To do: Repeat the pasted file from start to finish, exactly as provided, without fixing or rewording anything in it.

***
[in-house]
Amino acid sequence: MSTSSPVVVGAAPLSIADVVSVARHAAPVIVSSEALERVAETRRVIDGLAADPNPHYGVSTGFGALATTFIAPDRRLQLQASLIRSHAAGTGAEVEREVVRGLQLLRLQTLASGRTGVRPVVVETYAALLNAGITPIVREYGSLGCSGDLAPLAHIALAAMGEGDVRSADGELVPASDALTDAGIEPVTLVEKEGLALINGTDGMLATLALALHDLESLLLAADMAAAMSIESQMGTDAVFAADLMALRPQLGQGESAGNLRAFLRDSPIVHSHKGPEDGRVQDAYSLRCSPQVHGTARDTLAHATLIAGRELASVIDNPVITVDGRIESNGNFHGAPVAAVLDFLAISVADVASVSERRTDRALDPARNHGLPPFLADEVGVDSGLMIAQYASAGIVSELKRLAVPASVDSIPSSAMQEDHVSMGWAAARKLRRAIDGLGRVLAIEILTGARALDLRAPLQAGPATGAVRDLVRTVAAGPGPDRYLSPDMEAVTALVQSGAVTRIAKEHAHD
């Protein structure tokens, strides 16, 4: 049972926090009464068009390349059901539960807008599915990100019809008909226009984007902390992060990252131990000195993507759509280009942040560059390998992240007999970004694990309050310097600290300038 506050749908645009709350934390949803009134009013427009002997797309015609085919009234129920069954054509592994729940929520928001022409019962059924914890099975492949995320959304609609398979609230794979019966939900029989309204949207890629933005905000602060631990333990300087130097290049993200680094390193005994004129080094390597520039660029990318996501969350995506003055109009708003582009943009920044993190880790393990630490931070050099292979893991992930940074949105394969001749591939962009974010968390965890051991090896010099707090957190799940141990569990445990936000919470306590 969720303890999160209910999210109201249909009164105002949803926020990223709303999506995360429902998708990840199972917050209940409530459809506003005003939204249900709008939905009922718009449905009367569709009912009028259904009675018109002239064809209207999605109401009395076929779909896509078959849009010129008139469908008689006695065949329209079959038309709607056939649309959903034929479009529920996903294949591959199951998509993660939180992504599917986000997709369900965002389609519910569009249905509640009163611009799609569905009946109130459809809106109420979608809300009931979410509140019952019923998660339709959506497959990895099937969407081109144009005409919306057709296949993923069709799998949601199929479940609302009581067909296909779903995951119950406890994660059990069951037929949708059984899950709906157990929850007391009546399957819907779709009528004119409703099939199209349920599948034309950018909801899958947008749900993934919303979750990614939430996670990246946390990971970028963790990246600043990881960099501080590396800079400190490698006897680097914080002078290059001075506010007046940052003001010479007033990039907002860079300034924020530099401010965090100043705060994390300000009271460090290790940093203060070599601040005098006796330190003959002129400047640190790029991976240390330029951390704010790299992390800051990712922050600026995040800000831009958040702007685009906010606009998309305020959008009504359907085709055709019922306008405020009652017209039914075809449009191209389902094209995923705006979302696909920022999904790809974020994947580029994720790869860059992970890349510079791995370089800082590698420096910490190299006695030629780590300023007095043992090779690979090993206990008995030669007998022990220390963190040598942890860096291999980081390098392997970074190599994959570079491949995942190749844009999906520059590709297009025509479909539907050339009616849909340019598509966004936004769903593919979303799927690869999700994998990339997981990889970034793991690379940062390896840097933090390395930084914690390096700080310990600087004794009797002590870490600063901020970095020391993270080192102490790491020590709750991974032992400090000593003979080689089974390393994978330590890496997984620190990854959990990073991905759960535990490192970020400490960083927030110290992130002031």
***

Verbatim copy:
[in-house]
Amino acid sequence: MSTSSPVVVGAAPLSIADVVSVARHAAPVIVSSEALERVAETRRVIDGLAADPNPHYGVSTGFGALATTFIAPDRRLQLQASLIRSHAAGTGAEVEREVVRGLQLLRLQTLASGRTGVRPVVVETYAALLNAGITPIVREYGSLGCSGDLAPLAHIALAAMGEGDVRSADGELVPASDALTDAGIEPVTLVEKEGLALINGTDGMLATLALALHDLESLLLAADMAAAMSIESQMGTDAVFAADLMALRPQLGQGESAGNLRAFLRDSPIVHSHKGPEDGRVQDAYSLRCSPQVHGTARDTLAHATLIAGRELASVIDNPVITVDGRIESNGNFHGAPVAAVLDFLAISVADVASVSERRTDRALDPARNHGLPPFLADEVGVDSGLMIAQYASAGIVSELKRLAVPASVDSIPSSAMQEDHVSMGWAAARKLRRAIDGLGRVLAIEILTGARALDLRAPLQAGPATGAVRDLVRTVAAGPGPDRYLSPDMEAVTALVQSGAVTRIAKEHAHD
């Protein structure tokens, strides 16, 4: 049972926090009464068009390349059901539960807008599915990100019809008909226009984007902390992060990252131990000195993507759509280009942040560059390998992240007999970004694990309050310097600290300038 506050749908645009709350934390949803009134009013427009002997797309015609085919009234129920069954054509592994729940929520928001022409019962059924914890099975492949995320959304609609398979609230794979019966939900029989309204949207890629933005905000602060631990333990300087130097290049993200680094390193005994004129080094390597520039660029990318996501969350995506003055109009708003582009943009920044993190880790393990630490931070050099292979893991992930940074949105394969001749591939962009974010968390965890051991090896010099707090957190799940141990569990445990936000919470306590 969720303890999160209910999210109201249909009164105002949803926020990223709303999506995360429902998708990840199972917050209940409530459809506003005003939204249900709008939905009922718009449905009367569709009912009028259904009675018109002239064809209207999605109401009395076929779909896509078959849009010129008139469908008689006695065949329209079959038309709607056939649309959903034929479009529920996903294949591959199951998509993660939180992504599917986000997709369900965002389609519910569009249905509640009163611009799609569905009946109130459809809106109420979608809300009931979410509140019952019923998660339709959506497959990895099937969407081109144009005409919306057709296949993923069709799998949601199929479940609302009581067909296909779903995951119950406890994660059990069951037929949708059984899950709906157990929850007391009546399957819907779709009528004119409703099939199209349920599948034309950018909801899958947008749900993934919303979750990614939430996670990246946390990971970028963790990246600043990881960099501080590396800079400190490698006897680097914080002078290059001075506010007046940052003001010479007033990039907002860079300034924020530099401010965090100043705060994390300000009271460090290790940093203060070599601040005098006796330190003959002129400047640190790029991976240390330029951390704010790299992390800051990712922050600026995040800000831009958040702007685009906010606009998309305020959008009504359907085709055709019922306008405020009652017209039914075809449009191209389902094209995923705006979302696909920022999904790809974020994947580029994720790869860059992970890349510079791995370089800082590698420096910490190299006695030629780590300023007095043992090779690979090993206990008995030669007998022990220390963190040598942890860096291999980081390098392997970074190599994959570079491949995942190749844009999906520059590709297009025509479909539907050339009616849909340019598509966004936004769903593919979303799927690869999700994998990339997981990889970034793991690379940062390896840097933090390395930084914690390096700080310990600087004794009797002590870490600063901020970095020391993270080192102490790491020590709750991974032992400090000593003979080689089974390393994978330590890496997984620190990854959990990073991905759960535990490192970020400490960083927030110290992130002031």